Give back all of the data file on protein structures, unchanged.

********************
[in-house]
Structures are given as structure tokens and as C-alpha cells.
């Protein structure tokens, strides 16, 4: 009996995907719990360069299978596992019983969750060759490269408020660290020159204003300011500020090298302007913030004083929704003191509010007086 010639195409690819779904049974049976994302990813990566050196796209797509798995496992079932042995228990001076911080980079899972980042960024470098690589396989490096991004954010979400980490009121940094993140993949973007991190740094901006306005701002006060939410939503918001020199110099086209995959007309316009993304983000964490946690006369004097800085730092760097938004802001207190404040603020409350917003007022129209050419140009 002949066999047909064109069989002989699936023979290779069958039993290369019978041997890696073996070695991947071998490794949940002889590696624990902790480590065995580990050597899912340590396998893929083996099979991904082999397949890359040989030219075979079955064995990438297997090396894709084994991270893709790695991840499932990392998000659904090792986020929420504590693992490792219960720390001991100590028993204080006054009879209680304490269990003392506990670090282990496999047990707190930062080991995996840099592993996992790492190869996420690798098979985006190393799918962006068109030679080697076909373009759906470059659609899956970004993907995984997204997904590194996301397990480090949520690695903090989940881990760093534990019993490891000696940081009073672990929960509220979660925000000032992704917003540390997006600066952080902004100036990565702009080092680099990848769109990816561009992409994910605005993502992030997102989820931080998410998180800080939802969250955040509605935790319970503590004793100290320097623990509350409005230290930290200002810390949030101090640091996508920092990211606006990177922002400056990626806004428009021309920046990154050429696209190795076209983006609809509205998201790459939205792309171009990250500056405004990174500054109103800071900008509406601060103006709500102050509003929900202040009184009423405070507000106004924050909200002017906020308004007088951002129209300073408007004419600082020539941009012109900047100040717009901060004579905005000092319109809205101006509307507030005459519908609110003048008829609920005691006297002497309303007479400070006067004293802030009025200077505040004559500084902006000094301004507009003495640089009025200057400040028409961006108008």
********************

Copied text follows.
[in-house]
Structures are given as structure tokens and as C-alpha cells.
């Protein structure tokens, strides 16, 4: 009996995907719990360069299978596992019983969750060759490269408020660290020159204003300011500020090298302007913030004083929704003191509010007086 010639195409690819779904049974049976994302990813990566050196796209797509798995496992079932042995228990001076911080980079899972980042960024470098690589396989490096991004954010979400980490009121940094993140993949973007991190740094901006306005701002006060939410939503918001020199110099086209995959007309316009993304983000964490946690006369004097800085730092760097938004802001207190404040603020409350917003007022129209050419140009 002949066999047909064109069989002989699936023979290779069958039993290369019978041997890696073996070695991947071998490794949940002889590696624990902790480590065995580990050597899912340590396998893929083996099979991904082999397949890359040989030219075979079955064995990438297997090396894709084994991270893709790695991840499932990392998000659904090792986020929420504590693992490792219960720390001991100590028993204080006054009879209680304490269990003392506990670090282990496999047990707190930062080991995996840099592993996992790492190869996420690798098979985006190393799918962006068109030679080697076909373009759906470059659609899956970004993907995984997204997904590194996301397990480090949520690695903090989940881990760093534990019993490891000696940081009073672990929960509220979660925000000032992704917003540390997006600066952080902004100036990565702009080092680099990848769109990816561009992409994910605005993502992030997102989820931080998410998180800080939802969250955040509605935790319970503590004793100290320097623990509350409005230290930290200002810390949030101090640091996508920092990211606006990177922002400056990626806004428009021309920046990154050429696209190795076209983006609809509205998201790459939205792309171009990250500056405004990174500054109103800071900008509406601060103006709500102050509003929900202040009184009423405070507000106004924050909200002017906020308004007088951002129209300073408007004419600082020539941009012109900047100040717009901060004579905005000092319109809205101006509307507030005459519908609110003048008829609920005691006297002497309303007479400070006067004293802030009025200077505040004559500084902006000094301004507009003495640089009025200057400040028409961006108008």